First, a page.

Dave Craven: Hock has only himself to blame as career continues to nosedive

Gareth Hock in his Wigan days.

Gareth Hock in his Wigan days.

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IT is hard to claim that any player who took part in the last Great Britain side to defeat the Aussies can be deemed a failure.

However, when it comes to Gareth Hock, the overriding emotion most people will feel once his playing days are over is that his career and talent have undoubtedly been wasted.

The controversial second-row should now be preparing for his second season in Sydney – where he famously helped the Lions defeat the Green and Golds in 2006 – with NRL club Parramatta Eels and showing the National Rugby League what a punishing force he truly is.

Instead, Hock is sat on his backside again serving yet another ban while also this week announcing he will, when available again on Easter Monday, be playing for Championship club Leigh until at least the end of 2016.

It is another season and yet another club now for the misguided Hock who, despite being coveted by the NRL barely 18 months ago, was essentially allowed to leave struggling Salford Red Devils just two games into this season after picking up a six-match ban for twice using his knees in the tackle against St Helens.

Even the good Doctor, Marwan Koukash, an eternal optimist given his belief he can make Salford a force and form a Super League side in the NRL, has given up on the apparently unmanageable 31-year-old.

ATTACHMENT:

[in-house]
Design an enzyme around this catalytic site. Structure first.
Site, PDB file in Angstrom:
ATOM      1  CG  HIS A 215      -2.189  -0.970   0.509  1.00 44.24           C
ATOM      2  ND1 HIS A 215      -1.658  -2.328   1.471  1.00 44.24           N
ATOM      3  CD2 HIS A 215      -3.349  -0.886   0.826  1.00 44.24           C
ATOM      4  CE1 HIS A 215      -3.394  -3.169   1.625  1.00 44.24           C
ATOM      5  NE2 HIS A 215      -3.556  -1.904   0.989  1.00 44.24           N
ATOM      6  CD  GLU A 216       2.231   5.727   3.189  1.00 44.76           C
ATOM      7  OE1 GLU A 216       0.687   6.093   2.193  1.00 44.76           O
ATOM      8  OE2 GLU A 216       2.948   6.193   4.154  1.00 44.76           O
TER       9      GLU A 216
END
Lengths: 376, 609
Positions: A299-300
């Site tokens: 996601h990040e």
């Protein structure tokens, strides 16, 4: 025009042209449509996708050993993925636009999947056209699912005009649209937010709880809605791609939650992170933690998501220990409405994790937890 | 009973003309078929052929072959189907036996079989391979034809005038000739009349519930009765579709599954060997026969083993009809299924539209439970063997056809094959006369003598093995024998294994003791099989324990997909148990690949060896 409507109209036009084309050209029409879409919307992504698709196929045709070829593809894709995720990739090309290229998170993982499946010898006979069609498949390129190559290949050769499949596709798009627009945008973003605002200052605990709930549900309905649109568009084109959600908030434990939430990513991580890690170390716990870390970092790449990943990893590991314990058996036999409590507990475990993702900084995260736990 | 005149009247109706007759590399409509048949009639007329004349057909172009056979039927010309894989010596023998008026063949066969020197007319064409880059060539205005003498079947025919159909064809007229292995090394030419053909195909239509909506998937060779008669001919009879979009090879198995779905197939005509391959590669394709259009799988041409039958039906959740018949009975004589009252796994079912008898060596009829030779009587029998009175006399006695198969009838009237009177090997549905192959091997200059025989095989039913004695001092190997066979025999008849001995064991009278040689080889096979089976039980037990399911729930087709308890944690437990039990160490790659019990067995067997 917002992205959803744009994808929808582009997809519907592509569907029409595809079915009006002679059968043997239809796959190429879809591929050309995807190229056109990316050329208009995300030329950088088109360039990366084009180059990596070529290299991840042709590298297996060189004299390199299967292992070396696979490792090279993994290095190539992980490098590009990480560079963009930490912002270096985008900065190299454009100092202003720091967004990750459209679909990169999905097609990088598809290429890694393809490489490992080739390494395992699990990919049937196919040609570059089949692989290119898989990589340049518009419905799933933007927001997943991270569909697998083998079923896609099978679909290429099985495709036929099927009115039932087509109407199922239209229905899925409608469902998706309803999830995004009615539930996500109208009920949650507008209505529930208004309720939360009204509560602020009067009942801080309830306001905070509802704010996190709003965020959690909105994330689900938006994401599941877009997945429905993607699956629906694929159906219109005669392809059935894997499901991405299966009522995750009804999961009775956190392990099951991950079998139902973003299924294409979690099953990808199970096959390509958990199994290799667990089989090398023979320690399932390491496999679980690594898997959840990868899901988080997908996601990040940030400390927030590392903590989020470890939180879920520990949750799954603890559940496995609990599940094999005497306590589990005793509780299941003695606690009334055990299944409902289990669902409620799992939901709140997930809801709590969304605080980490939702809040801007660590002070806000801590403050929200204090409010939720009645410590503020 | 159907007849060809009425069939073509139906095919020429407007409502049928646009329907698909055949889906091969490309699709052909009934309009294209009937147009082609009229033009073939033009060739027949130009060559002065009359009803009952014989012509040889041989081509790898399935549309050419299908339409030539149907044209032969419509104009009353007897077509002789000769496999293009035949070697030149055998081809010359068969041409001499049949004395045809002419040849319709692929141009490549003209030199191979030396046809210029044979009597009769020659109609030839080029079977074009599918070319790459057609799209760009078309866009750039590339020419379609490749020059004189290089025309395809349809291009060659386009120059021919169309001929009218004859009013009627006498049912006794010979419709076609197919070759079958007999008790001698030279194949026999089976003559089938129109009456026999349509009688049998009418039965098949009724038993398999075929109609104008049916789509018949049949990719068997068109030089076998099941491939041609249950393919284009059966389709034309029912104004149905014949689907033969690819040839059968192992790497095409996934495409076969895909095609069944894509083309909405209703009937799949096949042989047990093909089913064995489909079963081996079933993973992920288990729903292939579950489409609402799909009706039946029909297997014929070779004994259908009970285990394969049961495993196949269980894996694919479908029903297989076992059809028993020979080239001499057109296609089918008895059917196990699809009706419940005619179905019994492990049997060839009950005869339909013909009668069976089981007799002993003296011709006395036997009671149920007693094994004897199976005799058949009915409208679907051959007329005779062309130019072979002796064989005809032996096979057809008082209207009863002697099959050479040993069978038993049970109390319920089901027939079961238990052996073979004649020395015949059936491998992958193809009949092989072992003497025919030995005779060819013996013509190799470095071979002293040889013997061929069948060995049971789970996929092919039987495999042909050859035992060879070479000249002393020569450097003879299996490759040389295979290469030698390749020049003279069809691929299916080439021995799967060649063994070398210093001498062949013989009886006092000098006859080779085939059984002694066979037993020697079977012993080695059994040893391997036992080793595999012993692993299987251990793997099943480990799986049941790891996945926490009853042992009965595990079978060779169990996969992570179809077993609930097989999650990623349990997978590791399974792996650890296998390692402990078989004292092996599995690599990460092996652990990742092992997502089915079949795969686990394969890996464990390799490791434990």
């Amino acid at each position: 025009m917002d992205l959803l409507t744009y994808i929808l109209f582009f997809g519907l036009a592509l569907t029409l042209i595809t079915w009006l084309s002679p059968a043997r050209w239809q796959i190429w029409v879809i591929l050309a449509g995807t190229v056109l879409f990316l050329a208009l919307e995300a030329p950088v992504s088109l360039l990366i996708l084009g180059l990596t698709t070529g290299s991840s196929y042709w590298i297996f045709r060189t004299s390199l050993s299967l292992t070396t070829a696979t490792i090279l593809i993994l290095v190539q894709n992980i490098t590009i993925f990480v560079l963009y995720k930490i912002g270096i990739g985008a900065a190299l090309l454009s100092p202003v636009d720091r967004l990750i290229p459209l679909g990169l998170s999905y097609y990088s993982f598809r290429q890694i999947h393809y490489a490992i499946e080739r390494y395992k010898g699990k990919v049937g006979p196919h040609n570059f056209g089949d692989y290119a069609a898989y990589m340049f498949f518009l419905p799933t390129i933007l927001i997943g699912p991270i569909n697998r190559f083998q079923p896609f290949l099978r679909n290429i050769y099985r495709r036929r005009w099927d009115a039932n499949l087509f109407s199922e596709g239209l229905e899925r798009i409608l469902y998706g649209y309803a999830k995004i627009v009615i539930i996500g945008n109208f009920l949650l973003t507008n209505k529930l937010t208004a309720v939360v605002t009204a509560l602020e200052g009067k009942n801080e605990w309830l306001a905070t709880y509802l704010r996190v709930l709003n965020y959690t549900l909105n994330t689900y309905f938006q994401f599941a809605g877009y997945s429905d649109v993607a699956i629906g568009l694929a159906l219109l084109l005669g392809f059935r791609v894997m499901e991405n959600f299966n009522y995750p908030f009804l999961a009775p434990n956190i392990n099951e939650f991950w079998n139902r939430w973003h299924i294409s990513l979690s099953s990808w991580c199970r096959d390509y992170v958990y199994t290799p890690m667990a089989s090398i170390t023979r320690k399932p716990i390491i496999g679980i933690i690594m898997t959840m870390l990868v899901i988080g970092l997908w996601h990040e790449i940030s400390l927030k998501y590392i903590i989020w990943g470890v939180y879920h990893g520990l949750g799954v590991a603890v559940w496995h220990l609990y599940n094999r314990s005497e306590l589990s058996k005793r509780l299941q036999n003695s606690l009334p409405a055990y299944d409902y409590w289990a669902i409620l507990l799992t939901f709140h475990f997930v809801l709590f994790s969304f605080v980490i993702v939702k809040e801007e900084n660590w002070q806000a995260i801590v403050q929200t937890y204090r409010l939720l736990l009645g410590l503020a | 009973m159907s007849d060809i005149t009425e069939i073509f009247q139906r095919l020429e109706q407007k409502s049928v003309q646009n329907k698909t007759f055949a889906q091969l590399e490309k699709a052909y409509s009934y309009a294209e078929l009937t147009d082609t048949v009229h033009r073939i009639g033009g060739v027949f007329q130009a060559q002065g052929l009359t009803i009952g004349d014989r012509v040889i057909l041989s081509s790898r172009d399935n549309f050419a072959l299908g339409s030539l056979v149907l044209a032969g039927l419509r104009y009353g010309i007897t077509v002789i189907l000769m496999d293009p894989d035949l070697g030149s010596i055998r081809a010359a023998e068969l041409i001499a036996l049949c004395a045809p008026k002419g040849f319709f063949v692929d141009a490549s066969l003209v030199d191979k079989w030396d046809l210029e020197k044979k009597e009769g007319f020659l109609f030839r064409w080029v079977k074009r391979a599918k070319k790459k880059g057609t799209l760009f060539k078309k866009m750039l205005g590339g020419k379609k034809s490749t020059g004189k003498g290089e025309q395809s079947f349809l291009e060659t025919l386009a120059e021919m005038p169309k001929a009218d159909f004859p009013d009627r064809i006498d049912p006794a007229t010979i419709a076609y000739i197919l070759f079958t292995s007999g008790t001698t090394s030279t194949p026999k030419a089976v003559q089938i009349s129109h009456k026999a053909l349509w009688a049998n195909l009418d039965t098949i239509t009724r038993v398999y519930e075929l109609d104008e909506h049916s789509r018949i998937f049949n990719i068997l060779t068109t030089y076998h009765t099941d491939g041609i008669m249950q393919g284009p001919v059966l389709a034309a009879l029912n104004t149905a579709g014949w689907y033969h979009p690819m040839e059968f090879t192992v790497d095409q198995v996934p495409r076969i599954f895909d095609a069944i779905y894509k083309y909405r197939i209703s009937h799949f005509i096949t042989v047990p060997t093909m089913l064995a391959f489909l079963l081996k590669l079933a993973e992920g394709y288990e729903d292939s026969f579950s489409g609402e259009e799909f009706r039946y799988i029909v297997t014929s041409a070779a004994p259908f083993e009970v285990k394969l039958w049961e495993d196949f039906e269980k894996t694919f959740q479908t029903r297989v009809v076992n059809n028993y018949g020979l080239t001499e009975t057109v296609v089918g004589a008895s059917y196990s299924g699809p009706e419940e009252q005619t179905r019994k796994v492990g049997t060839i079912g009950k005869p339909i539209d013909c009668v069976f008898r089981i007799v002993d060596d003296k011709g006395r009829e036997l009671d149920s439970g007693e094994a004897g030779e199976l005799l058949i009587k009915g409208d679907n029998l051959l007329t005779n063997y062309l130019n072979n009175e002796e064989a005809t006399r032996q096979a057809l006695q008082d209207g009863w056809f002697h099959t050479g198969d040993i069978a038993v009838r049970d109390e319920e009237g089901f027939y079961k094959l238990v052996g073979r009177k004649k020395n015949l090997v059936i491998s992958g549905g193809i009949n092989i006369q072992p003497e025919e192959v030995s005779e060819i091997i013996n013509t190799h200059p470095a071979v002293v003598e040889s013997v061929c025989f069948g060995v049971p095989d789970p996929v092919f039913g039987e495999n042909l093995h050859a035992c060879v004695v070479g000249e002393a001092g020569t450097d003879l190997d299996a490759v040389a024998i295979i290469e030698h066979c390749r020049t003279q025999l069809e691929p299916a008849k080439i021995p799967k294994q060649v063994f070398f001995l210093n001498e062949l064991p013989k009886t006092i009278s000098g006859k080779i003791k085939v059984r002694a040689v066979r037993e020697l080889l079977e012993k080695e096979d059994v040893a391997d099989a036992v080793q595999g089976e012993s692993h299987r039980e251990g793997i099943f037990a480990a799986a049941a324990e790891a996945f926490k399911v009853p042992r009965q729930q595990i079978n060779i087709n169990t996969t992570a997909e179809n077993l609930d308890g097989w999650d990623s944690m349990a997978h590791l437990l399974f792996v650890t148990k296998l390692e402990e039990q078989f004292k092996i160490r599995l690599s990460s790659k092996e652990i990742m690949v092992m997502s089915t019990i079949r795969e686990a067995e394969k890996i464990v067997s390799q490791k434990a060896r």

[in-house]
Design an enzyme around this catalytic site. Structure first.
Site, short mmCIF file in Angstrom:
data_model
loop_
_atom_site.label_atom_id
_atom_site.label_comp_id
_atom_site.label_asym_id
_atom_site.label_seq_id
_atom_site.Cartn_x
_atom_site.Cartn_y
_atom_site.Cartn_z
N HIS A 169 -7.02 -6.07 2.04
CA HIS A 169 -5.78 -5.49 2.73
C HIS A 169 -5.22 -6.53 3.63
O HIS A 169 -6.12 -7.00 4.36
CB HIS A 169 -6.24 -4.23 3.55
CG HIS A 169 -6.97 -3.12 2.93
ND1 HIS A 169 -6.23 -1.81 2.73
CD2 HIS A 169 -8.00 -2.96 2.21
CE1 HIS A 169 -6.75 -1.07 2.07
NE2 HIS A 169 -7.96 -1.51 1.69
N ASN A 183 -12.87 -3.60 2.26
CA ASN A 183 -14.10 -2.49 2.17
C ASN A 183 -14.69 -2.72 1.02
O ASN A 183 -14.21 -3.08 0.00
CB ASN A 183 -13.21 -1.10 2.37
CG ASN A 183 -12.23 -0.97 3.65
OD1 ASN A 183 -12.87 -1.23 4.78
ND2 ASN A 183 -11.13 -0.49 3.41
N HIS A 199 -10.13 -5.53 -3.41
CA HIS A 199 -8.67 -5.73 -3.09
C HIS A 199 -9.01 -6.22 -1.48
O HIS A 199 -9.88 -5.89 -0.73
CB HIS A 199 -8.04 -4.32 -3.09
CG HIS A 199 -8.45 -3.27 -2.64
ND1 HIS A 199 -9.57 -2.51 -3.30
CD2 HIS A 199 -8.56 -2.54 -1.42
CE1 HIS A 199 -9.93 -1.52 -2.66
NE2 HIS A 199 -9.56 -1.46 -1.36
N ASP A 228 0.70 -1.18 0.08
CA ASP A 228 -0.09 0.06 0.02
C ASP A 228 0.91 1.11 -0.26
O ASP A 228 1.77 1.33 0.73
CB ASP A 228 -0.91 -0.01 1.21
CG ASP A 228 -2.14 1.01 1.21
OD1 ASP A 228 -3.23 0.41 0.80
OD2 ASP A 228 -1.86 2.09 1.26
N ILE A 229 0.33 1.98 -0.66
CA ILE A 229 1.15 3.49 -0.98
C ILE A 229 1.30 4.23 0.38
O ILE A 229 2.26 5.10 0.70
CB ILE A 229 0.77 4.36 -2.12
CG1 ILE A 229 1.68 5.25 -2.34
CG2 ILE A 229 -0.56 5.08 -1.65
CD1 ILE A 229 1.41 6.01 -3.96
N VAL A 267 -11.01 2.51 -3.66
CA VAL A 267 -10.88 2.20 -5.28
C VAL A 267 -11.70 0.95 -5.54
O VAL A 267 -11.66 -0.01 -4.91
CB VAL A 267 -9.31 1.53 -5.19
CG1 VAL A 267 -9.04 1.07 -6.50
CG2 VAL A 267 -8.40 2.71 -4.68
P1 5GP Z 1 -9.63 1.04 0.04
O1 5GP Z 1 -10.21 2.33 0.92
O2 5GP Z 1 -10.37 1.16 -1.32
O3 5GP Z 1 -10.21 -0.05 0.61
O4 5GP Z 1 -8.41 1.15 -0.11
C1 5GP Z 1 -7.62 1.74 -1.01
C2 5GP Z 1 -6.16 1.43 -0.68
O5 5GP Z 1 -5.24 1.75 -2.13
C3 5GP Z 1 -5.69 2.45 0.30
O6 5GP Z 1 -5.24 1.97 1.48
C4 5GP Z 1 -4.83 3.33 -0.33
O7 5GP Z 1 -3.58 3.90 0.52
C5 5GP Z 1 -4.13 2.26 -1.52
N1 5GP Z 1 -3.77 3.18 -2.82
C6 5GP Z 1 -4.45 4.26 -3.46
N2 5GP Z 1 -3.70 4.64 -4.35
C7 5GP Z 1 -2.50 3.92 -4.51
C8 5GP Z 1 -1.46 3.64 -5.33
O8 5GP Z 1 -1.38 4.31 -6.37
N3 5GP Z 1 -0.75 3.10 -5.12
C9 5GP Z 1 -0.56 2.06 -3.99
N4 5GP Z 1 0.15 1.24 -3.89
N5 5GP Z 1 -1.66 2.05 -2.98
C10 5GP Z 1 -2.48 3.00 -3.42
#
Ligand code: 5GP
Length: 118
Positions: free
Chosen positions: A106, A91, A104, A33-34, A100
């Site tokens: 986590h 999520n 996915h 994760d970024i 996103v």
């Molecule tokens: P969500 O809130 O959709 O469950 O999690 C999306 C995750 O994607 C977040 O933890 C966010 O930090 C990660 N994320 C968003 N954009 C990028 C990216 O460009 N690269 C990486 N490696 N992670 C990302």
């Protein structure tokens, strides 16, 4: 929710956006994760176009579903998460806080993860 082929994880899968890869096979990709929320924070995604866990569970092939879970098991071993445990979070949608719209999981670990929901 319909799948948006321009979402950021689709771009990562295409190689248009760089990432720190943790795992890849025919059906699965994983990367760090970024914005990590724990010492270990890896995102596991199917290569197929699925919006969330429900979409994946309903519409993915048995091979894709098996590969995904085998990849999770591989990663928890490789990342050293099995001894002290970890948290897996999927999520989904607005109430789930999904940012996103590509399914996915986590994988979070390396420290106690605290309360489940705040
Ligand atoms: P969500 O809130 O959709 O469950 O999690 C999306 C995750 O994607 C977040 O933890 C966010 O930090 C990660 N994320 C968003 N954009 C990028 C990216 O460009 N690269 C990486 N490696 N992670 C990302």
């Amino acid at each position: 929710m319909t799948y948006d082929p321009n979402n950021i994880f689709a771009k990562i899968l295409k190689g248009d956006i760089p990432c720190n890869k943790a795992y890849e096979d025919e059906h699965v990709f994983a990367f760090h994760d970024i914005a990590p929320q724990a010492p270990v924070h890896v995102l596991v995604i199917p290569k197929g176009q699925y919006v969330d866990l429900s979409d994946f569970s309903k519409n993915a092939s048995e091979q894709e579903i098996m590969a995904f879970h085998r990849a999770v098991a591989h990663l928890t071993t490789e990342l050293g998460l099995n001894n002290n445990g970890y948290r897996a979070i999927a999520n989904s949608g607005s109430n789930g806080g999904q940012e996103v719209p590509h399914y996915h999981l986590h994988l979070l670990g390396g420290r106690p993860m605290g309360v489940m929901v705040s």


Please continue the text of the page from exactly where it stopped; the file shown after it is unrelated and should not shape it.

Given the manner of those fouls, some may claim Hock actually wanted to gain another suspension.

Remarkably, he has now served a total of more than three years in bans during his chequered career, the most infamous being a two-year suspension for cocaine use while at Wigan in 2009. The charge sheet also includes three separate incidents of pushing referees.

A brilliantly explosive ball-carrier on his day and equally fierce defender, he has the quality to hurt any defence, as the Kangaroos have found out to their cost in the past.

But Hock has more ability to hurt himself than anyone else given a series of bad decisions that have seen his potentially golden career descend into farce.

If he had taken up that Parramatta deal – he made a U-turn in August, 2013 after his partner became pregnant and just a few months before being due to depart to Australia – it could have offered him some redemption.

However, instead, after a major fall-out with Wigan, who stood by him through that drugs shame, had seen him end up at Widnes on a season-long loan, he arrived at Salford amid another blaze of publicity.

Yet Hock played just 14 Super League games last season as Koukash’s expensive recruits bombed and he was released on Monday with nearly three years still remaining on his contract.

Koukash feels the player may have to look for a future outside of the game but Leigh are the latest to feel they can get him back on course.

Good luck to them. But he is likely to be wound up further still in the rougher climes of the Championship where his hot temper could see even more bans being accumulated.

I predict his next move, probably sooner rather than later, will be to Wigan St Judes ARLFC where it all began for him. And, unfortunately, he will probably still be causing some sort of controversy there.

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